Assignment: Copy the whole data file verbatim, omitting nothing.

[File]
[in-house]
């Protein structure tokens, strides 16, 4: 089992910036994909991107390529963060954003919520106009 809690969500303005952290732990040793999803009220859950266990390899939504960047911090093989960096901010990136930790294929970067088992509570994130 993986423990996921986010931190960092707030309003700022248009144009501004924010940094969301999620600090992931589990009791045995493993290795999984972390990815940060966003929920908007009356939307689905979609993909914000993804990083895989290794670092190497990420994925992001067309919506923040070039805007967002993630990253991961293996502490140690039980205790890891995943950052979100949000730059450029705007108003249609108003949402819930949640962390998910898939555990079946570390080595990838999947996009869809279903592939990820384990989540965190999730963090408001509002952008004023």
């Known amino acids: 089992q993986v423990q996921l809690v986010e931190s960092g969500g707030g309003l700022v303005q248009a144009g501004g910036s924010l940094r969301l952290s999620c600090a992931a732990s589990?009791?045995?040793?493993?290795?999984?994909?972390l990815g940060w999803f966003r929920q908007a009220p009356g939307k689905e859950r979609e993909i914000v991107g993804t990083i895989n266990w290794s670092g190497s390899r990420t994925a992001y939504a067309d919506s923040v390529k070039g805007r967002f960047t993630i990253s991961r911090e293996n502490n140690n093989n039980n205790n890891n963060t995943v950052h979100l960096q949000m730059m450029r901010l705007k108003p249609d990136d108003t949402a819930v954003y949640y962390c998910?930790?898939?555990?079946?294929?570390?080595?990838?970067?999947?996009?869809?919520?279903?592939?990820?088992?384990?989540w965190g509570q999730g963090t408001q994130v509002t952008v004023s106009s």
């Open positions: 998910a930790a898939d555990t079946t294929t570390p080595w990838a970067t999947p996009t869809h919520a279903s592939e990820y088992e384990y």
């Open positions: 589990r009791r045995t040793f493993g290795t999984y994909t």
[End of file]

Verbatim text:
[in-house]
């Protein structure tokens, strides 16, 4: 089992910036994909991107390529963060954003919520106009 809690969500303005952290732990040793999803009220859950266990390899939504960047911090093989960096901010990136930790294929970067088992509570994130 993986423990996921986010931190960092707030309003700022248009144009501004924010940094969301999620600090992931589990009791045995493993290795999984972390990815940060966003929920908007009356939307689905979609993909914000993804990083895989290794670092190497990420994925992001067309919506923040070039805007967002993630990253991961293996502490140690039980205790890891995943950052979100949000730059450029705007108003249609108003949402819930949640962390998910898939555990079946570390080595990838999947996009869809279903592939990820384990989540965190999730963090408001509002952008004023």
């Known amino acids: 089992q993986v423990q996921l809690v986010e931190s960092g969500g707030g309003l700022v303005q248009a144009g501004g910036s924010l940094r969301l952290s999620c600090a992931a732990s589990?009791?045995?040793?493993?290795?999984?994909?972390l990815g940060w999803f966003r929920q908007a009220p009356g939307k689905e859950r979609e993909i914000v991107g993804t990083i895989n266990w290794s670092g190497s390899r990420t994925a992001y939504a067309d919506s923040v390529k070039g805007r967002f960047t993630i990253s991961r911090e293996n502490n140690n093989n039980n205790n890891n963060t995943v950052h979100l960096q949000m730059m450029r901010l705007k108003p249609d990136d108003t949402a819930v954003y949640y962390c998910?930790?898939?555990?079946?294929?570390?080595?990838?970067?999947?996009?869809?919520?279903?592939?990820?088992?384990?989540w965190g509570q999730g963090t408001q994130v509002t952008v004023s106009s």
């Open positions: 998910a930790a898939d555990t079946t294929t570390p080595w990838a970067t999947p996009t869809h919520a279903s592939e990820y088992e384990y």
């Open positions: 589990r009791r045995t040793f493993g290795t999984y994909t």